Yazidis are predominantly ethnic Kurds whose religion blends elements of Zoroastrianism, Judaism, Christianity and Islam.
Small communities of Yazidis can be found in Syria, Turkey, Georgia and Armenia, but the majority of the estimated 100,000 believers live in Iraq. Most Yazidis, even young people, choose to live in these isolated communities, though they often face extreme poverty.
Yazidis worship an angel figure, Malak Ta'us, or Peacock Angel, who is considered to be the devil by some Muslims and Christians. Yazidis - who don't believe in hell or evil - deny that.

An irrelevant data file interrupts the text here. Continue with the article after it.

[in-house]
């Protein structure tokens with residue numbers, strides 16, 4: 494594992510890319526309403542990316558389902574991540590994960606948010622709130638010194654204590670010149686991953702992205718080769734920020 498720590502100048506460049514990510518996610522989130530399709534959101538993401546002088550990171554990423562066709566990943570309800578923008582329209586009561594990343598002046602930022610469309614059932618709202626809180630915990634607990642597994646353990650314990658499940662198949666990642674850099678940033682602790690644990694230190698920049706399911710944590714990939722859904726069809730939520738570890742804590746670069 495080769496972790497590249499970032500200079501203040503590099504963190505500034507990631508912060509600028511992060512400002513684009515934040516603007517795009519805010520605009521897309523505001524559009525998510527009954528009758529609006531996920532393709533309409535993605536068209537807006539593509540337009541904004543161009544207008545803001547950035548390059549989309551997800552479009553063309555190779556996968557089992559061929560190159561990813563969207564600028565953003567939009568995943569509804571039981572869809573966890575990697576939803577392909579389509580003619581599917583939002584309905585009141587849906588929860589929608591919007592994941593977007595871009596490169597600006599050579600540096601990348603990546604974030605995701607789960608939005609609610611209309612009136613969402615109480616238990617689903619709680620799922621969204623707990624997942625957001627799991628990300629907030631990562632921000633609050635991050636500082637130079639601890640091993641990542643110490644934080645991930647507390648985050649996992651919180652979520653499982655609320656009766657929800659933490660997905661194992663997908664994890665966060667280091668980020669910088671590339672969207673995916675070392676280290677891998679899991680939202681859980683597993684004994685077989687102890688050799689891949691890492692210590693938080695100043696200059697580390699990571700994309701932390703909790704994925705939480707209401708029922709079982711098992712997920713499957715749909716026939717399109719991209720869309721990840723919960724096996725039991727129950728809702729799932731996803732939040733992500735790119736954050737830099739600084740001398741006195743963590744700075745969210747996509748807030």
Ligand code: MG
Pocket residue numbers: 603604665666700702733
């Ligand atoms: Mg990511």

Many Yazidi rituals center on Sheik Adi, a Sufi Arab who lived in northern Iraq in the 12th century and is considered the religion's chief saint. Pilgrims hold festivals near his tomb, north of Mosul.
Many Yazidi traditions are shrouded in such secrecy that most have never been witnessed by outsiders.
Yazidis regard marriage outside their faith as a sin punishable by ostracism or even death to restore lost honor.